My PhD thesis aims to explore the connection between print and politics between the years 1790 and 1832, with particular emphasis on the East Midlands. Over the course of the eighteenth and nineteenth centuries, the production and circulation of printed literature grew rapidly. As such, print quickly became one of the major ways in which the public gained access to political ideas and information.
During this period, the population and electorate also increased, especially in urban manufacturing areas typified by the counties such as Leicestershire and Nottinghamshire. Traditionally, partly in reaction to this growing population, the nineteenth century has been seen as the period when there were increasing calls for social and political reform. Criticisms of the electoral system and appeals against government measures such as the Corn Laws all began to emerge during the early nineteenth century.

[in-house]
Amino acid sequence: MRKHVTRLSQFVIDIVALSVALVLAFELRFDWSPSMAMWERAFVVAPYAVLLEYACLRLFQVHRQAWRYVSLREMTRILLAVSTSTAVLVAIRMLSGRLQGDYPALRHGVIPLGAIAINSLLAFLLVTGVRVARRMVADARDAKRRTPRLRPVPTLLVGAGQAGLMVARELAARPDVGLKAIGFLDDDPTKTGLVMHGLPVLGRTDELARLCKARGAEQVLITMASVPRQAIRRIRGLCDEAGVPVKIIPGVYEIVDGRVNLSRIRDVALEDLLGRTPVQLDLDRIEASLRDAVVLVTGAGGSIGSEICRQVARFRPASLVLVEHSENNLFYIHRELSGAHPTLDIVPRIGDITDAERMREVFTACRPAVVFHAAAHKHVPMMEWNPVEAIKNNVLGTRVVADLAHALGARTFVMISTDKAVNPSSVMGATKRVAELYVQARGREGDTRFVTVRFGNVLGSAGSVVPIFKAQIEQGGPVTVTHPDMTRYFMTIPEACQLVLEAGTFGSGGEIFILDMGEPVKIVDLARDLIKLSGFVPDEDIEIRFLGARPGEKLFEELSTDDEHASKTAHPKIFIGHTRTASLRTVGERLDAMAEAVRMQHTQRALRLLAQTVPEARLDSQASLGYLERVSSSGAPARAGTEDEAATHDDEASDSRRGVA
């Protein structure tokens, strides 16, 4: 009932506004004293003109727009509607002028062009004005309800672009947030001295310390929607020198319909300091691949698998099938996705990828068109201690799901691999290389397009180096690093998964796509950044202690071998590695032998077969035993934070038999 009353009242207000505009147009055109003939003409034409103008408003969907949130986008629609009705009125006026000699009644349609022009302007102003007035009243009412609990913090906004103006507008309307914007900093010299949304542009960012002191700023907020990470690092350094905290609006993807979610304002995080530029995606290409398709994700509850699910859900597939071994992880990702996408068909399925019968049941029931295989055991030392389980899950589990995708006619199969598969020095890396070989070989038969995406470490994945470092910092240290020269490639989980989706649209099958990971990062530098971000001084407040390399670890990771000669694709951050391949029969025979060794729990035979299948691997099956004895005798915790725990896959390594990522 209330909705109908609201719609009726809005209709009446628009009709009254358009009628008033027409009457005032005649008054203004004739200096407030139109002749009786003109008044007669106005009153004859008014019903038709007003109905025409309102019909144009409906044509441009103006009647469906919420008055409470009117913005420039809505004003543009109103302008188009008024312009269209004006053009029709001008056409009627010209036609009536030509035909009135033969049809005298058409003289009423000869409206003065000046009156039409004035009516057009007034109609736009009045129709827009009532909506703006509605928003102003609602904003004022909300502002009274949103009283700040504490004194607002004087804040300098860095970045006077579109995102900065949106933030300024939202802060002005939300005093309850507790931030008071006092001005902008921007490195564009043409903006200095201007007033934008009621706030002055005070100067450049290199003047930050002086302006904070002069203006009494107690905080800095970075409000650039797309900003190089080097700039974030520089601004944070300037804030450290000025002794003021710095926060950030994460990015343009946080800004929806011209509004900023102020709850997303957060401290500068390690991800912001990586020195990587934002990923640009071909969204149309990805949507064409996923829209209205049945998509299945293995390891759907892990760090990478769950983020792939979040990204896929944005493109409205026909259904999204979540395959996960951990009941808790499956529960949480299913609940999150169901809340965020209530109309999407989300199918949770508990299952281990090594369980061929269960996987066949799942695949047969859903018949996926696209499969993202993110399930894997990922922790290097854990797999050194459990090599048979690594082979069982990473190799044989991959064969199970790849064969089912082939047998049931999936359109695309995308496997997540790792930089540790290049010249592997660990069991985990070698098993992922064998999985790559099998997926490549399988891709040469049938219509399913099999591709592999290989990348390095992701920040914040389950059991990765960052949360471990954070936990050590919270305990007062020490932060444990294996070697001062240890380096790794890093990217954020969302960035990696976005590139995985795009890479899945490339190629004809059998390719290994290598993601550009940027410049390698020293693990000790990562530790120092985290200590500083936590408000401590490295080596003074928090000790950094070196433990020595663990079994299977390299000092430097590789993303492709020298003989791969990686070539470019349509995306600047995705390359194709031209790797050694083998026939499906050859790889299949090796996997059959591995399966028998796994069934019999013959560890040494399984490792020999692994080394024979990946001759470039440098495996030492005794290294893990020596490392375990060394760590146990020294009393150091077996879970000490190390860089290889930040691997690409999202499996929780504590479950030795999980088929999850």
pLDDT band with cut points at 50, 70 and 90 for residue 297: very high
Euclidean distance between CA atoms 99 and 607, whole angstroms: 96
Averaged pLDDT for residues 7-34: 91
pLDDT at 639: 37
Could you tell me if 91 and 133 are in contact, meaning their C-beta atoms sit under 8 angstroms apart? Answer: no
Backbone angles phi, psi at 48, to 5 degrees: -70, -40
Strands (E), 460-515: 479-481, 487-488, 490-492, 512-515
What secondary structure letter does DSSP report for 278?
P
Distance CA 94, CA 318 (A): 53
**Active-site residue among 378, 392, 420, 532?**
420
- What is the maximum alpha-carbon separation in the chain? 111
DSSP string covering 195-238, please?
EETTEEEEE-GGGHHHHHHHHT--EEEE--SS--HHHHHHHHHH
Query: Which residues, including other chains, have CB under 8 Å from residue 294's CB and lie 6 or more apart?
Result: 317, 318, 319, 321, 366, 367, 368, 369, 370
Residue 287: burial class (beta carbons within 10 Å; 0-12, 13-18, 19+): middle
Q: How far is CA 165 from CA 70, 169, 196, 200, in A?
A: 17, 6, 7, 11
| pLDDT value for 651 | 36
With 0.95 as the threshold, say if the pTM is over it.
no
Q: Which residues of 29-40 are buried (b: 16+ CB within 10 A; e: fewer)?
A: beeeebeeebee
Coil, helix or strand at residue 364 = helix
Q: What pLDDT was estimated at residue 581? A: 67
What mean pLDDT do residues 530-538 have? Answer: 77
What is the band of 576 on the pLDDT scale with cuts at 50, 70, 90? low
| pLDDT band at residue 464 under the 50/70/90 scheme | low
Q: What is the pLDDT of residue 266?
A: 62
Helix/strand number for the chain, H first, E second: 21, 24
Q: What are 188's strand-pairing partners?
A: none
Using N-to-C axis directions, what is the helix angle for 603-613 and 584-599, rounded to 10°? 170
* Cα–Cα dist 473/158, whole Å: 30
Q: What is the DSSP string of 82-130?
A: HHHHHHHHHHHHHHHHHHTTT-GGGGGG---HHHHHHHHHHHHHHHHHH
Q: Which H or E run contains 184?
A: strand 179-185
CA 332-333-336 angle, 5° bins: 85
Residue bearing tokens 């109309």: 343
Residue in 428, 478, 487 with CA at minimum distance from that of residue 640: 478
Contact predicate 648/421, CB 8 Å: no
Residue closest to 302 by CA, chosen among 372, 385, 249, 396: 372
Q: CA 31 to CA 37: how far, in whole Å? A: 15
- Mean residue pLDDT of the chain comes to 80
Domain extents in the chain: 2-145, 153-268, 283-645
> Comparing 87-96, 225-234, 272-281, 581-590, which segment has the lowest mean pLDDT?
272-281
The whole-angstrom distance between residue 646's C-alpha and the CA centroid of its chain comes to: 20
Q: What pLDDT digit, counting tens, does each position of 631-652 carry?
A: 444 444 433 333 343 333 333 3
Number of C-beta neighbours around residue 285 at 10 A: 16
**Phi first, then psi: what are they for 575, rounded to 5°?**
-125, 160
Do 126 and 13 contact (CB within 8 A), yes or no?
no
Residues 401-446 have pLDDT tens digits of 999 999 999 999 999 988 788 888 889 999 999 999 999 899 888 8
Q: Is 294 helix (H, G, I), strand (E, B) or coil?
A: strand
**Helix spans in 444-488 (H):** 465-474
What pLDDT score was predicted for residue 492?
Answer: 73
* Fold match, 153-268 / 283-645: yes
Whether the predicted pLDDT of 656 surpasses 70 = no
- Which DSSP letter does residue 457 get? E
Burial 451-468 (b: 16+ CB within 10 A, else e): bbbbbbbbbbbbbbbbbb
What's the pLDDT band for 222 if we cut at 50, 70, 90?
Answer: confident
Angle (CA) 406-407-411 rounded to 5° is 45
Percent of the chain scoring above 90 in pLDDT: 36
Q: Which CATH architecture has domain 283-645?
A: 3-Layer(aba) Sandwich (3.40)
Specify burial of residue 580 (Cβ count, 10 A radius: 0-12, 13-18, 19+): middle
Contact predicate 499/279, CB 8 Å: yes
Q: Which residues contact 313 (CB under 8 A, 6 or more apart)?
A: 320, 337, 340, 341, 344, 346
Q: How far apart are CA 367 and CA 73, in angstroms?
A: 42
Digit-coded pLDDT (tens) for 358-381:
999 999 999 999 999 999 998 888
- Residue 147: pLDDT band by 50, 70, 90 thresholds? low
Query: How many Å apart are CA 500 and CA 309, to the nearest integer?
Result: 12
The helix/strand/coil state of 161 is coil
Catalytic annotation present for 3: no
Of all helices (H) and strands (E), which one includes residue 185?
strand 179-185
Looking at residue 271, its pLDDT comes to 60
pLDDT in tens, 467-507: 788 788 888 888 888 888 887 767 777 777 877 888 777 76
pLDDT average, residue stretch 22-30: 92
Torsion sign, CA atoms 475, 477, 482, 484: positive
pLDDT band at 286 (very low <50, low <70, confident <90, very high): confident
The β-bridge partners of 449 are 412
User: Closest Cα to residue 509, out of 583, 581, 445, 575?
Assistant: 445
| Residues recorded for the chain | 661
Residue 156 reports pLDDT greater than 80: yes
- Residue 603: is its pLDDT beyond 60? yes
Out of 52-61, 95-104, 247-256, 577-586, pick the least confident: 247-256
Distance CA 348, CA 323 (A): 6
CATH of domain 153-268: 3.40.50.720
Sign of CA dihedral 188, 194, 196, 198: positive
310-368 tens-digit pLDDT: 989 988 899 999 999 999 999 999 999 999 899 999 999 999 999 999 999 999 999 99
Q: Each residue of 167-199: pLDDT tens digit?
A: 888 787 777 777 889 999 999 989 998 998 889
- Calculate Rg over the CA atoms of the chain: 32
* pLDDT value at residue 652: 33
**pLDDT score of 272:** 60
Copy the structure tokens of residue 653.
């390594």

To date, much of the work into printed, political culture has centred on the role of newspapers. In contrast, this study uses a much broader range of sources. Whilst national and county newspapers will still be studied, this will be alongside political broadsheets and pamphlets; caricatures and satirical prints; petitions; letters; and Home Office papers. In my thesis, I examine voters, non-voters and politicians, as well as the people responsible for creating and circulating printed literature together. In doing so, I hope to provide greater understanding of the way in which politics operated within the two Houses, as well as away from Westminster, within provincial towns.